Project: Found Wanting
Dates : November 27, 28, 29, 30, 2003
Location:
East End (London)

e-Xplo
found wanting

click here for more information on the script and to download a pdf version of it


27-30 November 2003, 8:00pm & 10:00pm
Bus tour with live sound performance, East London

Curated by Lucia Farinati

New York-based collective e-Xplo devises topographical projects using bus tours as a method for researching and exploring urban landscapes. For the first time in the UK, e-Xplo presents found wanting: sometimes I tend to monumentalize things I see, a newly-commissioned project for East London.

e-Xplo transforms a ride on a tourist coach into a navigable cinema. A carefully mapped route of over familiar, overlooked, or marginal spaces is blended with a live soundtrack made up of layers of field recordings, musical compositions and audio fragments.

found wanting navigates and interrogates the geographical, economic and social borders of East London beyond categorised definitions of the East End.

Through a process of field research, found wanting re-maps and over-scores previous mythologies, histories and other traces, traversing gentrification frontiers, regeneration schemes, industrial zones, and less well-defined frames. Suggestive rather than prescriptive, e-Xplo combines the spectacular nature of touring and a cinematic format with multiple layers of fictional narrative and collective memory, creating fragmentary journeys through city space.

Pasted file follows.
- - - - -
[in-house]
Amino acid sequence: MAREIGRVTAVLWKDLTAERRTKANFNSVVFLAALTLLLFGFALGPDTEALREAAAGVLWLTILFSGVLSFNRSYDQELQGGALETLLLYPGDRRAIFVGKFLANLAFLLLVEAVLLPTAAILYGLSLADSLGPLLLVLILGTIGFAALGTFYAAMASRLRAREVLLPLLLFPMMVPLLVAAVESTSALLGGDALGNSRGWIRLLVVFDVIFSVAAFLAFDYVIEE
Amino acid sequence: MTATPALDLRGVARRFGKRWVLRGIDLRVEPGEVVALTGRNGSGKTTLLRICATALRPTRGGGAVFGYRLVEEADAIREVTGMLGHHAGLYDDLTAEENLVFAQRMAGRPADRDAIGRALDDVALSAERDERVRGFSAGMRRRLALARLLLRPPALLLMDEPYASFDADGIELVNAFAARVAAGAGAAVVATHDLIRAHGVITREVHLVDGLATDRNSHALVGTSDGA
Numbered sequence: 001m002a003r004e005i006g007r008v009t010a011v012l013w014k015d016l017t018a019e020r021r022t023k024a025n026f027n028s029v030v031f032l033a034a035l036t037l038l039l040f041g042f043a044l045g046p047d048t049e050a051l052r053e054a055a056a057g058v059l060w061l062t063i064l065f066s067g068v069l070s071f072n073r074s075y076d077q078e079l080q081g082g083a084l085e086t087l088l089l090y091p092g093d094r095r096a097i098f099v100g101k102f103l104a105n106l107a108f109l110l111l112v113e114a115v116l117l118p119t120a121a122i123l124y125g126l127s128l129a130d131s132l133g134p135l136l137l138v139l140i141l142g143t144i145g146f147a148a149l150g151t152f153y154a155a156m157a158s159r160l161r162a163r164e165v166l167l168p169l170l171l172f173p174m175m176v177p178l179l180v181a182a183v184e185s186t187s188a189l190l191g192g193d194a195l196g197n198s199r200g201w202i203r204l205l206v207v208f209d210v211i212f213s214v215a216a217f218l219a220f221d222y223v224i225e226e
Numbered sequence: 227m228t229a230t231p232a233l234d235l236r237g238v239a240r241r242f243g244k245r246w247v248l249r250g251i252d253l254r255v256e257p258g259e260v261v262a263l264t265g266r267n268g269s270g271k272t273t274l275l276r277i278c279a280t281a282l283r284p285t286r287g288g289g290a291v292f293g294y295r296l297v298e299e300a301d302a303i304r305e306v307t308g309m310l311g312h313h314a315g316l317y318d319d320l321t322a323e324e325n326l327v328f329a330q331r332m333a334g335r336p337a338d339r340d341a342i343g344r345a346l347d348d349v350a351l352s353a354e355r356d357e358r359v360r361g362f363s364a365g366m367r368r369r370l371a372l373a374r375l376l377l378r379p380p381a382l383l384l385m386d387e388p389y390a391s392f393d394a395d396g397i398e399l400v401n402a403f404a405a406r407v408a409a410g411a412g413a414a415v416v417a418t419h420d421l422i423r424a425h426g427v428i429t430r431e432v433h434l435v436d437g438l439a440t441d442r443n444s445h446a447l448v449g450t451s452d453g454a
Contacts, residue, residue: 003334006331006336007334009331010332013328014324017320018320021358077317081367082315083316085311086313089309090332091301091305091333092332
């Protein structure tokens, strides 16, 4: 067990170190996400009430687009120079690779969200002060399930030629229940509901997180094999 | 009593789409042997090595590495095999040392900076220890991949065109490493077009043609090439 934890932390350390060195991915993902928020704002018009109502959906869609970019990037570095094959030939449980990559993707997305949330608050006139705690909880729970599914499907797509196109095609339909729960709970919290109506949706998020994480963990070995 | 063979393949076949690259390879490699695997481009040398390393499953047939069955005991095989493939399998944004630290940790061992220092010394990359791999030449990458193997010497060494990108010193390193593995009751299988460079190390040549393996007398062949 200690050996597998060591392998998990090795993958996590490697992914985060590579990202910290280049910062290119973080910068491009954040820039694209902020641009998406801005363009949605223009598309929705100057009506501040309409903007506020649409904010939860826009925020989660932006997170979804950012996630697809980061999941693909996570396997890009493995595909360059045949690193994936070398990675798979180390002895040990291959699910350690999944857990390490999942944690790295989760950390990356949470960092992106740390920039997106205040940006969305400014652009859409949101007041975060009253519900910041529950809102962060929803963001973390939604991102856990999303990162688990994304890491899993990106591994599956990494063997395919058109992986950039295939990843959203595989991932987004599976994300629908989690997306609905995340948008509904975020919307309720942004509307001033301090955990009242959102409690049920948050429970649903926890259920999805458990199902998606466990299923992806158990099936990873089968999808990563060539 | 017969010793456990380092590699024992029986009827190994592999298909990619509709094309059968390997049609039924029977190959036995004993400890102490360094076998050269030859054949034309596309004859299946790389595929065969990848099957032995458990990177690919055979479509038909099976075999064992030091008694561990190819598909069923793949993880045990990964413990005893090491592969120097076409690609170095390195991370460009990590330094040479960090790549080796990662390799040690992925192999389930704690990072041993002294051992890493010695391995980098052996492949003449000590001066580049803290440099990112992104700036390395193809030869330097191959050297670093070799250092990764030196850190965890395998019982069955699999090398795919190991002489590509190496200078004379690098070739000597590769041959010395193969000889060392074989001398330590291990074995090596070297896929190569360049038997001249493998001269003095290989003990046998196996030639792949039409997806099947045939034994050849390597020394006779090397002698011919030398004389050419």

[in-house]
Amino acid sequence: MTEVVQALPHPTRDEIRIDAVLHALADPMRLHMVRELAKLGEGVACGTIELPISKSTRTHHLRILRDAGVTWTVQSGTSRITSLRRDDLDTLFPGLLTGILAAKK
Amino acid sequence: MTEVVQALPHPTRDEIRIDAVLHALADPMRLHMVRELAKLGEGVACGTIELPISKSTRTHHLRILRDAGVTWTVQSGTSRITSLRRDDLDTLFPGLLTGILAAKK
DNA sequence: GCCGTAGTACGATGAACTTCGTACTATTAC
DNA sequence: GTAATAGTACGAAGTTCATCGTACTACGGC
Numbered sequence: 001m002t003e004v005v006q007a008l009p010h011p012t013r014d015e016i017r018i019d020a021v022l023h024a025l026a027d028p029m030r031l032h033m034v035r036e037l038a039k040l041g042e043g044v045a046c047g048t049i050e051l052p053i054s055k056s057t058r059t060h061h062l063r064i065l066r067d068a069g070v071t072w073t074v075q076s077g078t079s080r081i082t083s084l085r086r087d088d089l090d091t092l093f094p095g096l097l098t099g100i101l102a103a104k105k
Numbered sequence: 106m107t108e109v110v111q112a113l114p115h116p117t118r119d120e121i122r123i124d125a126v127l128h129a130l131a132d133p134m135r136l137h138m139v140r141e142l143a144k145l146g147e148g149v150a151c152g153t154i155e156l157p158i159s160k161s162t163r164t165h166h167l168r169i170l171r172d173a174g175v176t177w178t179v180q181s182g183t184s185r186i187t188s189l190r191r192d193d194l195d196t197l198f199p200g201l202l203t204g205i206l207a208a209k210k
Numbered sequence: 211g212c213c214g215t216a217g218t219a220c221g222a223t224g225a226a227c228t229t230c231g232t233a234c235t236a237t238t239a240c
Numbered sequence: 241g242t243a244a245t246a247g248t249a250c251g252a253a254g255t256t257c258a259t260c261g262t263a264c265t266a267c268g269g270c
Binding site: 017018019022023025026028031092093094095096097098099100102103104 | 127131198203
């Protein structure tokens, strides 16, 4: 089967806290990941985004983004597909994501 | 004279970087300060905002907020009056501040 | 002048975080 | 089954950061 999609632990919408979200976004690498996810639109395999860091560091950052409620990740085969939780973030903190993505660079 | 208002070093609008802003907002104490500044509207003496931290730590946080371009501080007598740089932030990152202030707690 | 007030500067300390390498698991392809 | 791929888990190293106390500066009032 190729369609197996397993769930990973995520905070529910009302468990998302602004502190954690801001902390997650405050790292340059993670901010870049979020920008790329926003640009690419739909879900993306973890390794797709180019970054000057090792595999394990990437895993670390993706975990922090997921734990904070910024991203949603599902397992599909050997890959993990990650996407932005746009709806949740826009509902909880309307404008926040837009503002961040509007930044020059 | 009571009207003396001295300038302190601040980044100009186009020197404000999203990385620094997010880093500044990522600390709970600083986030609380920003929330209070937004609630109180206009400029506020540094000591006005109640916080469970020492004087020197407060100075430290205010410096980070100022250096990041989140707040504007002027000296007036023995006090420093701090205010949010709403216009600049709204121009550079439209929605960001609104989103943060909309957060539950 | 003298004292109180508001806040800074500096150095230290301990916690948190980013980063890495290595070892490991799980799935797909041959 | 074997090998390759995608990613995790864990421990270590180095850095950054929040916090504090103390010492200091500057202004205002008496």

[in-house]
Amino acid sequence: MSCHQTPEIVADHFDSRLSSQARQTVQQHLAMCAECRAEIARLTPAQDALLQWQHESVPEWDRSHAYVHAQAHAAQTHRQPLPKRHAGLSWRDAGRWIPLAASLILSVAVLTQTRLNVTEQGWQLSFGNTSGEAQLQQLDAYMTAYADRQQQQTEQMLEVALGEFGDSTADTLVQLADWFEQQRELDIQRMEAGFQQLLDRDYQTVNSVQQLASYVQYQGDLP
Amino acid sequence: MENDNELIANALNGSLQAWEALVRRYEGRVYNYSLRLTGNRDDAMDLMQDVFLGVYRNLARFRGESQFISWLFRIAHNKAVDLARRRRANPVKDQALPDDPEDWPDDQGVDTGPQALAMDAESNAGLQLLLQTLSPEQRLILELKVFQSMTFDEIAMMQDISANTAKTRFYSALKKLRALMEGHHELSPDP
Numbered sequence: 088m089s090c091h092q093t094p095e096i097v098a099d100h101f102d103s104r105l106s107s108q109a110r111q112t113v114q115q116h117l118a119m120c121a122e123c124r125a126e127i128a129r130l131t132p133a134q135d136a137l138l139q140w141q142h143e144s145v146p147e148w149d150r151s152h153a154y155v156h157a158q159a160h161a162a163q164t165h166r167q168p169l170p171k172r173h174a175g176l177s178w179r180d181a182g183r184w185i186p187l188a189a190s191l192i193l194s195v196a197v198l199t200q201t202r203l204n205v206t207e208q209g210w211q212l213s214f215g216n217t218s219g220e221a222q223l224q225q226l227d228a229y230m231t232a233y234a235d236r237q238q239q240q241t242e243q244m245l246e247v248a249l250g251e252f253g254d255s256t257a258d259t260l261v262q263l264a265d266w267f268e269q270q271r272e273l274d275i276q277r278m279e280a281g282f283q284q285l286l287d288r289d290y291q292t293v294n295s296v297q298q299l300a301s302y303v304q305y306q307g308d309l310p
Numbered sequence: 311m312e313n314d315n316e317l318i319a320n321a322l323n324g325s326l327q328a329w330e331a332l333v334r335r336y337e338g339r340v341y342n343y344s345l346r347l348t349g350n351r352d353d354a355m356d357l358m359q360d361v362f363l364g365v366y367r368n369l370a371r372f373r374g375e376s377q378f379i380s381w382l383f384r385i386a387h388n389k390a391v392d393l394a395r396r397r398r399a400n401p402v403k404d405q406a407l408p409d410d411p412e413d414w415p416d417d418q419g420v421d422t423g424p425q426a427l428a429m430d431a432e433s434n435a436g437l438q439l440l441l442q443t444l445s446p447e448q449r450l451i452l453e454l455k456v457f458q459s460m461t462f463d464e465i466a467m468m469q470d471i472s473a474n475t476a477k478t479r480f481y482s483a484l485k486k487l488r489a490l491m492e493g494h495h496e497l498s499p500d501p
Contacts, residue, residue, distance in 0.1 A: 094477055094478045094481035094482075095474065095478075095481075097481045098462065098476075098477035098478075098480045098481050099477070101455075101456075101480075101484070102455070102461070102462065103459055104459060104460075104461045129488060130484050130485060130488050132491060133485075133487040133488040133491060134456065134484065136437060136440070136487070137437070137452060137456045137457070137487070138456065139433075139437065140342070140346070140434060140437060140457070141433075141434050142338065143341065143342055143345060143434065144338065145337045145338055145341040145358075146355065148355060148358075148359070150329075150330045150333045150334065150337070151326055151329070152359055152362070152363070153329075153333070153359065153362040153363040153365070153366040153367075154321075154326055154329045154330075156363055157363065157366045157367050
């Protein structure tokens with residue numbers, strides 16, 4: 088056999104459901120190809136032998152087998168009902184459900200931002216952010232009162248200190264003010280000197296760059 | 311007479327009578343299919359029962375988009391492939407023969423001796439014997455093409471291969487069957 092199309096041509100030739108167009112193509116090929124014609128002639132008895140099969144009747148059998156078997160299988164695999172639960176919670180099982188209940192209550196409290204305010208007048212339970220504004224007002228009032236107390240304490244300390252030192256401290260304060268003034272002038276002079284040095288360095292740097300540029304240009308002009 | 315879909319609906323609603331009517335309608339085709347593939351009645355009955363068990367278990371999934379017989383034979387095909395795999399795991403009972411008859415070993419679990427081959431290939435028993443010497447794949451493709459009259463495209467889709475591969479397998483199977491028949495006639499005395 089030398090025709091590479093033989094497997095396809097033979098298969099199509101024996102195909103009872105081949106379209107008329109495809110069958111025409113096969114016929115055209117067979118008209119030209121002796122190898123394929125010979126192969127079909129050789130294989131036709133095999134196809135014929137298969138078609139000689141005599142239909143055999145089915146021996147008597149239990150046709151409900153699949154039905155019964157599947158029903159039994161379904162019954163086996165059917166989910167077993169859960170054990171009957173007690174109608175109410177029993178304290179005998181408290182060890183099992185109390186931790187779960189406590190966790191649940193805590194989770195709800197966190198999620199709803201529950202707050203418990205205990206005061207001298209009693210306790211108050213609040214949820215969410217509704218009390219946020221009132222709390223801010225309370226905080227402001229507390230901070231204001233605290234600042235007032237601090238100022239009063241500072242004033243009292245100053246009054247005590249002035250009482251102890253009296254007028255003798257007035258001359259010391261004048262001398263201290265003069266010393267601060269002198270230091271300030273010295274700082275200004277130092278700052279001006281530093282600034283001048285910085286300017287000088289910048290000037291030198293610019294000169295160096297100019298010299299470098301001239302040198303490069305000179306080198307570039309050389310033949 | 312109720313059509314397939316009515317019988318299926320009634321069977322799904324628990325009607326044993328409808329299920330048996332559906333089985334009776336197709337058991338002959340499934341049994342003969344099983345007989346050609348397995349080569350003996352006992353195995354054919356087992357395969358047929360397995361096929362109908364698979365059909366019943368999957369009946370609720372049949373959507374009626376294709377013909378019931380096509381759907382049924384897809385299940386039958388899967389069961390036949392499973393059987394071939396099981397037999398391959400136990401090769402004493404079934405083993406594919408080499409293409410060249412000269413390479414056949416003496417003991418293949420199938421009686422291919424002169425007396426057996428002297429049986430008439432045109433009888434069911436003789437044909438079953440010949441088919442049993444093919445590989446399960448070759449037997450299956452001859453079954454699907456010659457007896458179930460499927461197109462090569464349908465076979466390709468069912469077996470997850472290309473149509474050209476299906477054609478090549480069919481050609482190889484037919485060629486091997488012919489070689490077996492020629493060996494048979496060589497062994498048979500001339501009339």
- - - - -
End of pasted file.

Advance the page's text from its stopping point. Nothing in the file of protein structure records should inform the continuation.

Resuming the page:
Two tours departed nightly at 8:00pm & 10:00pm
From Whitechapel Art Gallery, 80-82 Whitechapel High Street, London E1
Nearest Tube: Aldgate East

_______________________

The Script:

click here to download text


Found Wanting: Vertiginous London served as the narration for the East London tour. The text was read by Adam Bowman. The idea emerged through extensive reading and research, exploring the layers upon layers of discourse surrounding and enveloping the city of London in general and East London in particular. Rather than attempt to make sense of all the material in a direct or orderly manner, the strategy was instead to allow London to appear embedded within its fog of history and folklore, both forgotten and remembered, trashed or reclaimed.

We remixed some of the texts we found to be interesting and most related to our tour, gluing it together with original texts, texts that were inspired from our own time in the city, text from advertising along the route of the tour, text spoken by people we met or interviewed.

The entire script was divided into “tracks”, broken into short fragmentary lines, sometimes words, and even silences, and each night placed into random order and played in a different sequence than the night before. What emerged was an unordered narrative rendering of a city, new, unique each night, a vertiginous London, half emboldened, half weighed down by its history, and sometimes most alive inbetween the cracks and silences in the narratives.




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